Midnight Porch

Burst

Red Monarch

Xmas Tree

Record Store Day

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Sights of 2009

Pondering Lake Michigan

Chicago with Speedboat

Big Sur Hills

Big Sur Inclined

Boston is Burning

Cal, Cal, Cow-ly Coast

The Autumn Lights of Lafayette

Santa Cruz Morning

Ponder Rosa

Ground Zero Progressions – NYC

Doin’ the CT-15 Blur

Golden Gate Golden State

Pacific Contemplation

Pacific Crash

The Holland Tunnel Express

Whoop, Whoop

Burning Blur Outside of Boston

Strange Fruit

Flips and Redwood Chips

Nahant Mass

Niece and Nephew

We Are All Made of Stars

Indiana Marsh-ians

Nor Cal Gull

I wish I was…

…Ocean Size

Sunset on My Back Yard

Blossoms and the Sky Blue Sky

Blossoms mixing with leaves outside my house yesterday under the Sky Blue Sky.

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Ode to Beautiful Jugendstil Darmstadt

Or at least what’s left of it. Much of it was unfortunately destroyed by Allied bombing in World War II, the worst of which was on September 11, 1944. But there are still traces of beauty that endure. Since I spent five of the most wonderful years of my life there, I want to share these pictures and brief comments:

marktplatz_darmstadt_um_1900

This is the beautiful Schloß Marktplatz circa 1900 where they hold the yearly Weihnachtsmarkt (Christmas Market). This area was spared the bombing and still looks exactly now as it did back then.

luisenplatz

Just across the way from the Marktplatz is the main square of town, the Luisenplatz, where every strata of life mixes from the businesswoman changing trains to loitering beer-swilling punk rockers with green-spiked hair.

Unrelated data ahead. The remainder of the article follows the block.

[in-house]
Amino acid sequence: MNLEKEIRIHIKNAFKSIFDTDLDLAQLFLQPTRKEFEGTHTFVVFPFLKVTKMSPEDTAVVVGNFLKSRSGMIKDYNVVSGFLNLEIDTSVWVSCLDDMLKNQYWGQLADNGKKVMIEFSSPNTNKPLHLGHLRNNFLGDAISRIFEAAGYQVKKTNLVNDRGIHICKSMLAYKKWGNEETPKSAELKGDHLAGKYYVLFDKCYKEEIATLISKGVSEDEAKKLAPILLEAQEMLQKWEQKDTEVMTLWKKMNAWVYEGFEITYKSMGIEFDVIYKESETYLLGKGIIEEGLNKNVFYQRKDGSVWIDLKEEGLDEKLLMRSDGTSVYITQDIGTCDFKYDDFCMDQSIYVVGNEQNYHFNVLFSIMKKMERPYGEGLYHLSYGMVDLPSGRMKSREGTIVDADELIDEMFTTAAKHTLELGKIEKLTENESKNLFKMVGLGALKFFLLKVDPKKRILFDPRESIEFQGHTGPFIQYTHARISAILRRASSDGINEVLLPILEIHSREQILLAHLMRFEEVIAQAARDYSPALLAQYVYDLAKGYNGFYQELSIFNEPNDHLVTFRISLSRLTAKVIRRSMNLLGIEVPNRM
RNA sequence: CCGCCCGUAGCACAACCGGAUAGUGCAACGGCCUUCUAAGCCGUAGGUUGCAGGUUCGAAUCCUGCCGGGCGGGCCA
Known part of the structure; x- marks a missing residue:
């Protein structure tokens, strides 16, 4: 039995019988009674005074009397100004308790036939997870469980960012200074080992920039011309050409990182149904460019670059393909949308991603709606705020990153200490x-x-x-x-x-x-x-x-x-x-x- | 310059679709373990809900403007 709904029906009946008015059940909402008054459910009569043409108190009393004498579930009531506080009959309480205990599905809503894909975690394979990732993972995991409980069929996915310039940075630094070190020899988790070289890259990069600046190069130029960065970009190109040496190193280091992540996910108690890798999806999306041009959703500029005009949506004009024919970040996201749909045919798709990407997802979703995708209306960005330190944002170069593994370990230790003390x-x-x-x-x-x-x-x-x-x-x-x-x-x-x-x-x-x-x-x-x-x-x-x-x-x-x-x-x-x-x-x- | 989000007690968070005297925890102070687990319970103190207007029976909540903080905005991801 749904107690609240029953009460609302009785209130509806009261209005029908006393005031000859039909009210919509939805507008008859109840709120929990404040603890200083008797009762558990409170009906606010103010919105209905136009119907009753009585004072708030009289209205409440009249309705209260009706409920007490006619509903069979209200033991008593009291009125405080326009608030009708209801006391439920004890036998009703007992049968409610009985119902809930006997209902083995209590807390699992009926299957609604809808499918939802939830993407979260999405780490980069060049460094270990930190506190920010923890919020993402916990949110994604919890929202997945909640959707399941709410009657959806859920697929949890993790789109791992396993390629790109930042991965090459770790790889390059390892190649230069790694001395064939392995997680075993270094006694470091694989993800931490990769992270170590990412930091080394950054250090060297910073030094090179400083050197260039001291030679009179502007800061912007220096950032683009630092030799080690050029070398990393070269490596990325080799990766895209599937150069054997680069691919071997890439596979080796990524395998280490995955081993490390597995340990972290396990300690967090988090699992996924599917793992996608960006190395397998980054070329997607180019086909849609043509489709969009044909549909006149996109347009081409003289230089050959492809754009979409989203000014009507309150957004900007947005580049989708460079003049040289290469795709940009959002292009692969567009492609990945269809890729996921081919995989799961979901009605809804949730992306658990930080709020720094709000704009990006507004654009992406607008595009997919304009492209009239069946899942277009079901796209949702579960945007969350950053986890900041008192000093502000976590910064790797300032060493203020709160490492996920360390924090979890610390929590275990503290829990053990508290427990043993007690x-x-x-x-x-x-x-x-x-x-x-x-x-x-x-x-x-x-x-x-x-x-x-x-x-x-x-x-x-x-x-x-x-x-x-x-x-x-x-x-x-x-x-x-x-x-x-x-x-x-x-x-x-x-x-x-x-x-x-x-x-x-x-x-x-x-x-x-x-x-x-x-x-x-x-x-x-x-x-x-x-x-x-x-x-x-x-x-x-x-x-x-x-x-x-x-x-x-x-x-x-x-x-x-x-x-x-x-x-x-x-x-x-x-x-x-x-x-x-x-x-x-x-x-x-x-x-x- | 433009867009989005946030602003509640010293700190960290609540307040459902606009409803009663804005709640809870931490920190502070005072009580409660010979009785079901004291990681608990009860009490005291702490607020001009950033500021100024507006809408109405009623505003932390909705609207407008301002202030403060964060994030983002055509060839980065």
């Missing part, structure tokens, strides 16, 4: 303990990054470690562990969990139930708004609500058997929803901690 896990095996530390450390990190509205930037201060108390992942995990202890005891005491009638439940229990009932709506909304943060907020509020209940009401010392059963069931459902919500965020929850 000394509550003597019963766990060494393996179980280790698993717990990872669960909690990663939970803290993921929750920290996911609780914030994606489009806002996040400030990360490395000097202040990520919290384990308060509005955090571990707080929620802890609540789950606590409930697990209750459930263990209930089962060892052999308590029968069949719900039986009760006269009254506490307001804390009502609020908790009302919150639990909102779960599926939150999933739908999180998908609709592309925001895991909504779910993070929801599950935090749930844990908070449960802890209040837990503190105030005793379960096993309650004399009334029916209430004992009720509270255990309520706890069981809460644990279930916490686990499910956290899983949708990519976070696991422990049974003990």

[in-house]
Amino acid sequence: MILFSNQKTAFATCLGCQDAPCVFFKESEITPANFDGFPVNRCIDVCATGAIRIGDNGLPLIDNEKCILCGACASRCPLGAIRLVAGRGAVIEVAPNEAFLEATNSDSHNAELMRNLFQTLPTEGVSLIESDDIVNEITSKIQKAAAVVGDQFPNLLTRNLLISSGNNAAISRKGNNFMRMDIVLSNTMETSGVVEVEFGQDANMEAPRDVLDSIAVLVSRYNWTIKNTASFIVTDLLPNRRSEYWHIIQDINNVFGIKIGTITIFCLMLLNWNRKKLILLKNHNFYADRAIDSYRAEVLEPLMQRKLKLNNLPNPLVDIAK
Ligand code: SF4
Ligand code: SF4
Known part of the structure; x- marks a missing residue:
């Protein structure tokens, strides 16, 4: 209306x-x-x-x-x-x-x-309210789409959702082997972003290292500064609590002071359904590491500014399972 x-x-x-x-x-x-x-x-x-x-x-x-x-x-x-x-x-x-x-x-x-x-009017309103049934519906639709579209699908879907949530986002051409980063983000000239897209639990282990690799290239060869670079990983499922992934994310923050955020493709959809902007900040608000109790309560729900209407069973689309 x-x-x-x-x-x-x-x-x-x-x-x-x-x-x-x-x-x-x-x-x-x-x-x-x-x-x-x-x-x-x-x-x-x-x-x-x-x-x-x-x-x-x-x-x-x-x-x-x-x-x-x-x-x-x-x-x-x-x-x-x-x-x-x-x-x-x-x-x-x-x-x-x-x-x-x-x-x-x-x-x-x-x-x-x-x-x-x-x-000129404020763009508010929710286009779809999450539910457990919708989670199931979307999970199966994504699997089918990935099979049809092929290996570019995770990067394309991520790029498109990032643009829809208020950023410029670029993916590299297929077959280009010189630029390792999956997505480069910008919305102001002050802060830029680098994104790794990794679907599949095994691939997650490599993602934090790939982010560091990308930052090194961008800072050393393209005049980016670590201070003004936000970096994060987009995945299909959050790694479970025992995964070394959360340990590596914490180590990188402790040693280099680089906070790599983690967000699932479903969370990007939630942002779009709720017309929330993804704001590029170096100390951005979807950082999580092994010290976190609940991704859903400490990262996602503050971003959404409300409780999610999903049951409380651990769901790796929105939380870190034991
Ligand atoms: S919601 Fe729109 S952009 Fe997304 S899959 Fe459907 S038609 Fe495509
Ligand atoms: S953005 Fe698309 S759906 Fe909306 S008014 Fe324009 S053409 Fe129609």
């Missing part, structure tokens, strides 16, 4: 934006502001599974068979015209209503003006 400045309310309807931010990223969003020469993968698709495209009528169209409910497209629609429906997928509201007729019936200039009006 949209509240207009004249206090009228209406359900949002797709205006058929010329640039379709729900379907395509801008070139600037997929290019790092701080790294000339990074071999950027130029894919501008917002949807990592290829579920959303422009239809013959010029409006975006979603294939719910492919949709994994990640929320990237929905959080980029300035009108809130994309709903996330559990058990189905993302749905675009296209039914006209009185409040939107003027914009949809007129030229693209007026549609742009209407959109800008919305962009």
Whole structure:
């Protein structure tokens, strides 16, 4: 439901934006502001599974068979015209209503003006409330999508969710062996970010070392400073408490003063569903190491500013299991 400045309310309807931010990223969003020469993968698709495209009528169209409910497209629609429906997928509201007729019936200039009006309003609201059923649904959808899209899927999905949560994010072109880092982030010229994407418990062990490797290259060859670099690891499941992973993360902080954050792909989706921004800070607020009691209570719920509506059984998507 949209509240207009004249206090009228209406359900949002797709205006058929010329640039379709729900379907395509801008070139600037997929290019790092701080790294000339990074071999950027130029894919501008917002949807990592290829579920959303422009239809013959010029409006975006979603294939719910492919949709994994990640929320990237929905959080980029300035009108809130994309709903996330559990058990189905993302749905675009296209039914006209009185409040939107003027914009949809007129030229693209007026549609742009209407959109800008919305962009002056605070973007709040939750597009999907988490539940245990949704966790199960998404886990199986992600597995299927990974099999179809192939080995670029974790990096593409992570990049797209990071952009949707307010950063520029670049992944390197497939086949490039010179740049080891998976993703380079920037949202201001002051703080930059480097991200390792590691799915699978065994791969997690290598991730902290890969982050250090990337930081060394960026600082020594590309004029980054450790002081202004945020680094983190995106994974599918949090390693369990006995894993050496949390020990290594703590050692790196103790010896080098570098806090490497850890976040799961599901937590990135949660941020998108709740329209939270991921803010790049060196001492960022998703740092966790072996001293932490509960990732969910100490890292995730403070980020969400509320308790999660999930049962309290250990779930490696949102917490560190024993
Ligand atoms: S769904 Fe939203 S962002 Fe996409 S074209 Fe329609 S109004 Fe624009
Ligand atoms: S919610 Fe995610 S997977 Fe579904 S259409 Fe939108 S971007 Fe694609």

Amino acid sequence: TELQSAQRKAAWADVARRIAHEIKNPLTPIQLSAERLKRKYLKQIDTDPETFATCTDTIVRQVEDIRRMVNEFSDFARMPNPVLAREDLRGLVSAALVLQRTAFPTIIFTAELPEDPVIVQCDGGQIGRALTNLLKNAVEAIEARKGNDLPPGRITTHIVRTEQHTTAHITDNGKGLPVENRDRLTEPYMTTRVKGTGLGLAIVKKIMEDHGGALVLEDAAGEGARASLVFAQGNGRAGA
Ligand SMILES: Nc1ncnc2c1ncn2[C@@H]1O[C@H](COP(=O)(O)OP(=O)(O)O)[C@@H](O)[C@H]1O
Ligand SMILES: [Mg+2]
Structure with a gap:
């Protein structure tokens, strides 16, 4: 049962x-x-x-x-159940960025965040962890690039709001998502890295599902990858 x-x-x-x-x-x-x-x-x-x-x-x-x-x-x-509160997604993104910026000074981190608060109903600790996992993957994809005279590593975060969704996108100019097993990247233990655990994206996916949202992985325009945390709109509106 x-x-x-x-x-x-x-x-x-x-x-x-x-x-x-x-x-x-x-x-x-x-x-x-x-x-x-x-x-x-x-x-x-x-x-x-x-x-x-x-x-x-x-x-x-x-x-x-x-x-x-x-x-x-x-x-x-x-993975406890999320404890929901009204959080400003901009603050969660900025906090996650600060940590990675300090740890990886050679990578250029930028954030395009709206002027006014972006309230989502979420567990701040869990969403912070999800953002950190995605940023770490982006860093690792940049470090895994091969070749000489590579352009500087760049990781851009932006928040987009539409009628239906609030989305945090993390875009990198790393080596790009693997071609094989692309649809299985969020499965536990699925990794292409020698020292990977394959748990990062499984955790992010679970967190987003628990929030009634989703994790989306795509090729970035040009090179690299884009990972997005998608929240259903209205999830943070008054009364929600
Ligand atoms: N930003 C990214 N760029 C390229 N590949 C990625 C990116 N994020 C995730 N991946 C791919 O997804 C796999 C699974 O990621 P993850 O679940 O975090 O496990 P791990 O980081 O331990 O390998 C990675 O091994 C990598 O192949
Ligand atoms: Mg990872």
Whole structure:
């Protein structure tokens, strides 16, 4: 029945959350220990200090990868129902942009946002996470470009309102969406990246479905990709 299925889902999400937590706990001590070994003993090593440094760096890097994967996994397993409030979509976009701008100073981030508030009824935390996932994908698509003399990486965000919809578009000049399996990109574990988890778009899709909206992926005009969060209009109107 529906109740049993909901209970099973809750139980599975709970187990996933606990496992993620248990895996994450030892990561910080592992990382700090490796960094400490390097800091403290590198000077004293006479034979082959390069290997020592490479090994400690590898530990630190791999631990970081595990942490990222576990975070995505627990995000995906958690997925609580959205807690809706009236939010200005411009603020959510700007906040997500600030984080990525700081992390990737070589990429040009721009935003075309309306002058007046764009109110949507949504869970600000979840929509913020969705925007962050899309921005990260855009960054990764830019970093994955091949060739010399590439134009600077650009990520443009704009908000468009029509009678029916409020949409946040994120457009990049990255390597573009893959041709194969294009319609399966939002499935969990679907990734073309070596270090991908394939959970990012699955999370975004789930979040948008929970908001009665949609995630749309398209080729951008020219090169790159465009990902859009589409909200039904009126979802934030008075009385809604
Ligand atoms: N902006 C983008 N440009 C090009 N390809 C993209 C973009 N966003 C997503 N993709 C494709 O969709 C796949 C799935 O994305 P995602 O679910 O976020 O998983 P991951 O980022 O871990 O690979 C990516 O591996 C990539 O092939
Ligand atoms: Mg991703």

rosenhohe-gate

rosenhohe-engel

rosenhohe-dome

rosenhohe-roses

rosenhohe-banken

These last five images are of the Rosenhöhe (Rose Hill) upon whose benches I first fell in love. Smiles to you Angi Zimmer, wherever you are.

mathildenhohe-clouds

This wonderful place is Ground Zero for the Jugendstil movement (German variant of Art Nouveau). It was founded by Hesse-Darmstadt Grand Duke Ernst Ludwig in 1899 as an artist colony where the people of his duchy could contemplate all of the possibilities of life. It thankfully also survived the bombing.

orangerie-sun

orangerie

These two pictures are of the Orangerie, the beautiful Baroque garden I used bike through everyday on my way to work. I used to pick really tart kumquats off of trees lining this path when the mood would strike.

hundertwasser-house1

waldspirale

hundertwasser-clouds

And finally it’s nice to know there will be more than just nostalgia when I go back to visit Darmstadt. This is one of Friedensreich Hundertwasser’s final creations, Waldspirale (Wooded Spiral). I’ve never seen it in the flesh because it was finished in 2000, two years after I moved and a year after Hundertwasser died. And yes, this is a real residential apartment house with real people living in it. Hmmm, might I one day be one of them???

Myron Echoes Love Home

Thinking of the Ohio homeland on this Thanksgiving Eve. Which brings to mind one of Ohio’s finest bands, Guided By Voices. Here’s Echos Myron from the wonderful Bee Thousand Album:

“Echos Myron”

Tower to the skies
An academy of lies
And what goes up
Surely must come down
And we felt the mighty blow-up
With the walls coming down